Sunset Station: Home of the Bad Beat

Go to any poker room in the world and it will take you, on average, 30.7 seconds before you are hearing somebody replaying a bad beat story to anybody who will listen. I've told my fair share. I've listened to my fair share, too. But, after this past weekend, I think it's time I write down some of the gems that have happened to me playing in the $50 tournament on Sunday morning at Sunset Station.

The reason I think it's time to write them down is that I've played in the tournament 3 times and have had bad beats in all 3 tournaments. twice knocking me out and once keeping me from taking first place in the tournament.

Let's start with the first time I ever played in that specific tournament:

4th or 5th hand in the tournament. I'm in the BB with K/9. The blinds are 25/25. Somebody raised the pot to 75 and there were 2 callers before it got back to me. I went ahead and called the extra 50 chips. I figure I can dump the hand after losing 75 if I miss the flop… But instead, the flop comes K/9/J, with 2 diamonds. I check, the original raiser bets, everybody else folds, I simply call. The turn card is another King, giving me a full house. I check, the original raiser bets, I reraise all-in. He calls with J/Q of diamonds. The river is the 10 of diamonds, the 1 and only card he can hit to win the pot. Ouch.

Second time I played there, 2 bad beats:

#1. We are down to about 7 players left, the guy in first position moves all in for about 3 times the BB. I look down and see A/A. I'm about middle of the pack in chips so I want to have somebody else call behind me for the extra action. But, everybody folds. First guy turns over his hand, he has 8/8. The board ended up with 2/3/4/5/6 to make a straight and we chopped the pot. No, I didn't lose this pot, but still it's a bad beat. I got half the pot when I should have gotten the entire pot and then knocked him out. Lame!

#2. We are down to 4 players left. I'm first to act. The BB only has 1 chip more than the amount needed to pay the BB. So, he's going to call no matter what 2 cards he has. I look down and see K/K. I raise the pot, the other two guys fold and the BB throws in his last chip without even looking at his cards. When he turns them over, I see he has 2/3. The flop deals out a 2 and the turn is a 3 to make 2 pair for him. The board doesn't pair to give me a higher 2 pair and he wins the pot. Because of the size of the blinds, this lose ends up taking a good portion of my chips. and I'm not able to recover and end up going out in 4th place. If I win that hand, I feel I was in a pretty good position to win the tournament.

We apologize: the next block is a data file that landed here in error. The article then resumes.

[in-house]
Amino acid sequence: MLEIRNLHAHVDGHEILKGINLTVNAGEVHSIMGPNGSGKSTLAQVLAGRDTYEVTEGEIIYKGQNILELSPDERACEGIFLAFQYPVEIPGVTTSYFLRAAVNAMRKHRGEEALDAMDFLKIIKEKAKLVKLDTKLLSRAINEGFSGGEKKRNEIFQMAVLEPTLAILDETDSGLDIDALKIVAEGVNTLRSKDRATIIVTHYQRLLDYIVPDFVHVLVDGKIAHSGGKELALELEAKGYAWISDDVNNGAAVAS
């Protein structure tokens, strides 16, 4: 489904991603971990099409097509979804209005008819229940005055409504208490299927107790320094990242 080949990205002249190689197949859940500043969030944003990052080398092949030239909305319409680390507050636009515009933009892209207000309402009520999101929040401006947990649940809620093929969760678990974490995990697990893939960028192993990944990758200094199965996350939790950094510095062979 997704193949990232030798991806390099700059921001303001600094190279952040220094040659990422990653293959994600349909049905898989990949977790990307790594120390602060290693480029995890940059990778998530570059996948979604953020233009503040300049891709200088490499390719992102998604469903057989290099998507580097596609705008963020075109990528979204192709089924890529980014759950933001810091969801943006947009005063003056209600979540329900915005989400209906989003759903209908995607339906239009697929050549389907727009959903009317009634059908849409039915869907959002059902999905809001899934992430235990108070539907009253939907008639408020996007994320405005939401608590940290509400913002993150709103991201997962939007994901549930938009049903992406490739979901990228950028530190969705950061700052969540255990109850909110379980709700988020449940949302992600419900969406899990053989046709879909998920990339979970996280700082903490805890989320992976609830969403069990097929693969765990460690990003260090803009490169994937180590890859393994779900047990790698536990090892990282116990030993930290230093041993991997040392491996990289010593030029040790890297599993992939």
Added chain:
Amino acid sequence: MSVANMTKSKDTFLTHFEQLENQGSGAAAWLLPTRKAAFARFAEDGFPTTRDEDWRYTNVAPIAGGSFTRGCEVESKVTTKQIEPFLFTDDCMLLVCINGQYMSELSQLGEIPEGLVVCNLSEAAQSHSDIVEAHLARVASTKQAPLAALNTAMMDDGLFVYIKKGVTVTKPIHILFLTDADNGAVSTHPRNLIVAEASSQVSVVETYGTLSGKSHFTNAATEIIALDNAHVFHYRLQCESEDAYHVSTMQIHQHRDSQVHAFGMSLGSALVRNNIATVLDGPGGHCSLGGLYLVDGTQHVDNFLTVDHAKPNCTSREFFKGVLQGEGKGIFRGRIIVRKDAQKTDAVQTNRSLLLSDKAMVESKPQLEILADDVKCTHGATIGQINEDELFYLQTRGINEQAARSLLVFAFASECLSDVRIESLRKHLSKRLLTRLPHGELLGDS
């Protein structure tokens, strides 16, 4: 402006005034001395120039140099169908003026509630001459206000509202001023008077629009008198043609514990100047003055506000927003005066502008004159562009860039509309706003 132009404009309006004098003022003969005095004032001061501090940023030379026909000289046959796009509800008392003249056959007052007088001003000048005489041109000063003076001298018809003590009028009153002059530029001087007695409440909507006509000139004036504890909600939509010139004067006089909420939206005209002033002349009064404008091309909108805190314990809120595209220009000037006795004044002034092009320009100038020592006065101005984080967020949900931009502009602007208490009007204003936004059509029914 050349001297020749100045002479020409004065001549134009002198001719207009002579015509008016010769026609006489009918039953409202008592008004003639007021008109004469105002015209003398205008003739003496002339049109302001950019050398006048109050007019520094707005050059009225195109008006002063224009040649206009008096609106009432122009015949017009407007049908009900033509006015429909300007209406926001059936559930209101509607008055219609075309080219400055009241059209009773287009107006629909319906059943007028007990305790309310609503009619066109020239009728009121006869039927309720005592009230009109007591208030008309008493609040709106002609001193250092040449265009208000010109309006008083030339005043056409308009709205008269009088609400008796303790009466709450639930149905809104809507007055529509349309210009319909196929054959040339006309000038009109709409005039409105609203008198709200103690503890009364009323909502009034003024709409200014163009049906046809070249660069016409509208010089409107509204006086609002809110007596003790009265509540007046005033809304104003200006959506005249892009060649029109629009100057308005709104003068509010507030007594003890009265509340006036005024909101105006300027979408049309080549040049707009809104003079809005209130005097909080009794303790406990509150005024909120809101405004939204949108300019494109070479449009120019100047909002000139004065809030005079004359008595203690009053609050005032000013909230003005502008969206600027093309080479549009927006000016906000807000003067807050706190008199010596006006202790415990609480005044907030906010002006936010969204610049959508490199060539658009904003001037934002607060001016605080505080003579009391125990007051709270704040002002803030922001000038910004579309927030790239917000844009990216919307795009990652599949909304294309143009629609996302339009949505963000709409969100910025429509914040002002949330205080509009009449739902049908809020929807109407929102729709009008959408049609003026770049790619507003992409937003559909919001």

OK, now on to this past weekend. First, I gotta mention that I was EXTREMELY tired and shouldn't have played to begin with. The night before I played in an online tournament. Out of 1583 players, I finished 10th. It took 5 hours to play and didn't end until after 4 in the morning.

On the first hand of the tournament, I made an absolutely horrible play to go broke. I'll tell you about it, cause it's sorta funny.

I have A/K. The first person to act raises from 25 to 100. The next person calls. I call and one other guy on the end calls. The flop comes K/Q/7. Normally, this would be an excellent flop. But, the initial better moves all-in. The second guy thinks for about 5 seconds and then he calls all-in. I call all-in without even thinking about it. The last guy folded. We turn up the cards and the first guy has A/K. But, the second guy had Q/Q. I was drawing mostly dead. The turn was a 2 and that was the end of that… But, did I learn my lesson and go home? Hell no! At this tourney, they'll let you buy back in for the first hour. So, I bought back in…

About 90 minutes later, I was down to about 800 chips and the blinds were already at 100/200. I was going to be the BB on the next hand so when I saw K/J, I figured I'd go ahead and move all-in just to try and double up. At this point, I'm going to need to get lucky in order to stay in the tournament, I realize this… A guy at the end with a LOT more chips than I had moved all-in as well. I'm fine with this because he's basically protecting me. Now I only need to beat him rather than 2 or 3 players calling my all-in.

We turn over the cards and he has 9/10 of clubs. I'm pretty happy about the situation but I realize anything can happen. The flop comes out K/K/8. Now, I'm pretty stoked. I've all but won this hand at this point. The turn comes a 7 giving him an open ended straight draw. But, if he catches a Jack, I make a full house. So, really, he can only catch a 6 to knock me out. At this point do I even need to tell you what the river card was? I didn't think so… I left in a hurry and as I'm walking away from the table the guy says “sorry dude.” Why do people say they are sorry? I'm not sorry when I put a bad beat on somebody. I NEVER say I'm sorry to somebody in that situation. I think it's better to not say anything at all then to say you are sorry.

OK, I'll stop whining now. Perhaps after writing about it I'll be able to move on…

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